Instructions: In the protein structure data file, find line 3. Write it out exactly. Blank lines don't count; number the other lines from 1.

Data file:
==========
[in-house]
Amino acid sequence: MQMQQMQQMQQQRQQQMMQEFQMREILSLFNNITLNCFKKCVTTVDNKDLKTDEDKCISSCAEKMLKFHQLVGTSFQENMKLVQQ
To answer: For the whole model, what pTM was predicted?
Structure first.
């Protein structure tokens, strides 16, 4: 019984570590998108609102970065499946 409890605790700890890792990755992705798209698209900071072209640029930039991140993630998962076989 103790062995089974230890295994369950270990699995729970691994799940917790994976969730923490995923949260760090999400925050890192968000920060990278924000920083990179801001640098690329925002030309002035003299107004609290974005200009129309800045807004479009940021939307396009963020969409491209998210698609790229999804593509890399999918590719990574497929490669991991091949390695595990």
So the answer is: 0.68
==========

To answer: For the whole model, what pTM was predicted?